Analysis: Raimondo Lays Path For Re-Election Run In State Of The State Address

Jan 17, 2018

Governor Gina Raimondo delivered her 4th annual State of the State address on Tuesday evening at the Rhode Island Statehouse.
Credit Elisabeth Harrison

Unemployment is down, cranes are rising over Providence, and there’s hope for a better future. That was the message from Rhode Island Governor Gina Raimondo, who delivered her 4th State of the State address Tuesday evening in Providence.

Raimondo used the speech to tout some of the programs she has championed, including free tuition at community colleges and loan programs for small business owners. 

"The governor laid out basically her blueprint for re-election this year," said RIPR's political analyst Scott MacKay. "I think the overall theme was, 'look, things are looking up here in Rhode Island, and I deserve four more years of working to push them up.'"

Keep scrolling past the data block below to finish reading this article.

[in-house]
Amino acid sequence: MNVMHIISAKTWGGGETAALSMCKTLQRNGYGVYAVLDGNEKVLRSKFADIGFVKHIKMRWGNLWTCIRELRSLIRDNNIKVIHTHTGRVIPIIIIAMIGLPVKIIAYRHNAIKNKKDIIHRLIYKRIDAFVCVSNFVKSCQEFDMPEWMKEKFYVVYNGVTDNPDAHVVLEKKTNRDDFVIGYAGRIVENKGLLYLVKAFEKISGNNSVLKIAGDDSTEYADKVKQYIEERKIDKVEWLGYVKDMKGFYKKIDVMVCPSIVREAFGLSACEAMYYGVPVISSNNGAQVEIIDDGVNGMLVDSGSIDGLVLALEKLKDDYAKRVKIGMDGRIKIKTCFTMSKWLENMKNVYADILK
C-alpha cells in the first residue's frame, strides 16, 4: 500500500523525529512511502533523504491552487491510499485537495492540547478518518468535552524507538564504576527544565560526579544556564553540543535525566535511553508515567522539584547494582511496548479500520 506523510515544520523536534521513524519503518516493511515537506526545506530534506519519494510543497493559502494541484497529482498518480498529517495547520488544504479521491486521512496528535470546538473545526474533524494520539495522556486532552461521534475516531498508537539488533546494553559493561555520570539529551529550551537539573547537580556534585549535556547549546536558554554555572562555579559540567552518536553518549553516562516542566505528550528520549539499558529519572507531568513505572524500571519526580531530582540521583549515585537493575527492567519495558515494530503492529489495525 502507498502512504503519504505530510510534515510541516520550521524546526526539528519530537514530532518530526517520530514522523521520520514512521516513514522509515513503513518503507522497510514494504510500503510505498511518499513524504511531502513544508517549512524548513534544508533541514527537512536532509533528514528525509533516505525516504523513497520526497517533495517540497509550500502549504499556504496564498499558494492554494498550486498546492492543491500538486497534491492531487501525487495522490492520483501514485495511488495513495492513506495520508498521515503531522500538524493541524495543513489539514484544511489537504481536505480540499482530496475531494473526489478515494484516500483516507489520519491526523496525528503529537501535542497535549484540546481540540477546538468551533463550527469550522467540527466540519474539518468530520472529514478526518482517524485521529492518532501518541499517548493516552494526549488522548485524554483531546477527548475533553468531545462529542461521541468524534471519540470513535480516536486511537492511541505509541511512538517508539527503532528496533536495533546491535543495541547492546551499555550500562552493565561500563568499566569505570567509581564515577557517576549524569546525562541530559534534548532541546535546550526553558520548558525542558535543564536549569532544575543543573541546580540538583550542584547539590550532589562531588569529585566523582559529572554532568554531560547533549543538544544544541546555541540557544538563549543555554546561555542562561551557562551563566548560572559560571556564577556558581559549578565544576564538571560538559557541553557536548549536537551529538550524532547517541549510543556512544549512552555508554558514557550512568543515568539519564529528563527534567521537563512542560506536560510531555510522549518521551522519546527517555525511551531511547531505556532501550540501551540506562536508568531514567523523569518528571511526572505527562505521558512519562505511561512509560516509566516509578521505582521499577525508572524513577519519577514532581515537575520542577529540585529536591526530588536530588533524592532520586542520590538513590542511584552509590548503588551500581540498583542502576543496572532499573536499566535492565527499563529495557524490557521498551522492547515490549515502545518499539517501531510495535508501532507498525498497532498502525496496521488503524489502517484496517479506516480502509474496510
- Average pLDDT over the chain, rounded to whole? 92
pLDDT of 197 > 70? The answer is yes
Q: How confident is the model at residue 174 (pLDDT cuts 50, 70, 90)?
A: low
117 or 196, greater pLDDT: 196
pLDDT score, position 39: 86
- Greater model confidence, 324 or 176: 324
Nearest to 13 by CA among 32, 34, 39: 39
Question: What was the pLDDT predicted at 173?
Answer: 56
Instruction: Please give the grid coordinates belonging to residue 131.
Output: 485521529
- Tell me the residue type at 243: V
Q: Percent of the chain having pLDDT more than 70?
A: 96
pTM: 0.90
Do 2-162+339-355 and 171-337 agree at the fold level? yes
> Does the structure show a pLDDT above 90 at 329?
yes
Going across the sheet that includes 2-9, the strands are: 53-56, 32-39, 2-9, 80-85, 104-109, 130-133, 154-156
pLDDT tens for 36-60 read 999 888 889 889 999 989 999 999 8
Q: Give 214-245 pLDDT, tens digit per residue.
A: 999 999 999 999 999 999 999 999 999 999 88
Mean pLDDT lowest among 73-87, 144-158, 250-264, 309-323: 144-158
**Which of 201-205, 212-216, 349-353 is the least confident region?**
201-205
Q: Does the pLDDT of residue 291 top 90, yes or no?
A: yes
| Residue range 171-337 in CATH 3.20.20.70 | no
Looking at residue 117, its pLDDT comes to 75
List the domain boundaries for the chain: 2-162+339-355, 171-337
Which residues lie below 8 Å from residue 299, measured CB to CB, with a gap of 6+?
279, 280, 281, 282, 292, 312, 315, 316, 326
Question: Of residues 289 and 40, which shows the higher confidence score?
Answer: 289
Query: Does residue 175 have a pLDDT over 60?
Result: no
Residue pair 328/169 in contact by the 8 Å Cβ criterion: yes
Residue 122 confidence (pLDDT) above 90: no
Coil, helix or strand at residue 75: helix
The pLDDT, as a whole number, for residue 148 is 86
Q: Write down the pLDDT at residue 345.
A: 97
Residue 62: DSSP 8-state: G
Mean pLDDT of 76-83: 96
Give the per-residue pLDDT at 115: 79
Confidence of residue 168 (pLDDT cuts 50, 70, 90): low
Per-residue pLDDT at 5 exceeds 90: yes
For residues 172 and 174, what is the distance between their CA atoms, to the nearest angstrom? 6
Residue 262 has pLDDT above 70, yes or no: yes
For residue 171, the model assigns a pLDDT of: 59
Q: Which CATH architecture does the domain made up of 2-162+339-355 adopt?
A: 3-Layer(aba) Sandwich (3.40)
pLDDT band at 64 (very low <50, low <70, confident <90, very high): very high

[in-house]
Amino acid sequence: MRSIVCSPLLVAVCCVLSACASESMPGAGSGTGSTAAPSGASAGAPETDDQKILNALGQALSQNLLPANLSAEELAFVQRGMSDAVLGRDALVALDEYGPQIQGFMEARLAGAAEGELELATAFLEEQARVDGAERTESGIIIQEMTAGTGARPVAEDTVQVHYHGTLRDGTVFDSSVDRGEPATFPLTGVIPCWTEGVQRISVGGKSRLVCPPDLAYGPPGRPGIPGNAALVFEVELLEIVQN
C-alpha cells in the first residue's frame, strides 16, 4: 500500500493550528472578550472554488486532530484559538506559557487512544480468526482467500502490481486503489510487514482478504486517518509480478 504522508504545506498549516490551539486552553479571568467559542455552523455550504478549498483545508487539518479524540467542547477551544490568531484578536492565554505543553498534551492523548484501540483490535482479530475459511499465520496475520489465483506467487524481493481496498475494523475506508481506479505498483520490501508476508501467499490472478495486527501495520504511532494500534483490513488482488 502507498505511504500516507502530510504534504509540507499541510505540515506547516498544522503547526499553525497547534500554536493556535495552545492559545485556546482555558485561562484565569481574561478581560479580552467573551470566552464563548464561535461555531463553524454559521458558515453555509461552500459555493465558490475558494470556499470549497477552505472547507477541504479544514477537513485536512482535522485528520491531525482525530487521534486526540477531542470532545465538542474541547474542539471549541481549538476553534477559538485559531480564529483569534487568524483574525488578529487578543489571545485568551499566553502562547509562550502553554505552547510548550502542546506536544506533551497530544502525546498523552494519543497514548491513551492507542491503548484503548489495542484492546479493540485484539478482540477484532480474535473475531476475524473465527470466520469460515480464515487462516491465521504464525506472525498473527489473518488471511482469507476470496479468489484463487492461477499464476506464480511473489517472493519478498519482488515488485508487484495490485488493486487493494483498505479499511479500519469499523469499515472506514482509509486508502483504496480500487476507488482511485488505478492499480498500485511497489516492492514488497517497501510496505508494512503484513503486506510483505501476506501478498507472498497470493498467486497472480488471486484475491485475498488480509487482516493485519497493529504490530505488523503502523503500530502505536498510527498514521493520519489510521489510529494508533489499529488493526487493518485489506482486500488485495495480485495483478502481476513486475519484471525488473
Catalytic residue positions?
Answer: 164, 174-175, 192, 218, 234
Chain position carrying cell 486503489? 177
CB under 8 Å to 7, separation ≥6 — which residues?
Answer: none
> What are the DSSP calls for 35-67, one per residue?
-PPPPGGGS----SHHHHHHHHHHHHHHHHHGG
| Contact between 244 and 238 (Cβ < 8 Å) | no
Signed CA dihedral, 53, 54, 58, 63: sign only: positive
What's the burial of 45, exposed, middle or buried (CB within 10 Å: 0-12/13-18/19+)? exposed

Among the new programs Raimondo proposed in the speech: $1 billion in borrowing to improve public school buildings, increases in job training and technical training in high schools, and better insurance coverage to tackle opioid addiction. 

"Keep moving ahead with Gina, that was the bumper sticker that I would take away," said MacKay.

The governor stayed away from several controversial issues including the debate over public subsidies for a new PawSox stadium.

"This was one of those issues that was kind of the big 800-pound gorilla in the room that did not get mentioned," said MacKay.

Other issues the governor left out of the speech include a controversial proposal for a power plant in Burrillville and the ongoing problems with the state's new online benefits system, UHIP, which has not worked properly since it was introduced last year, leaving some residents unable to access benefits such as Medicaid and food stamps.

Republicans seized on UHIP, among other issues, to criticize the governor in responding to the speech. But Mackay said a State of the State address typically focuses on a feel-good message, especially in an election year.

"This is a night where you accentuate the positive," explained MacKay. "You're not out there to marinate yourself in the negatives."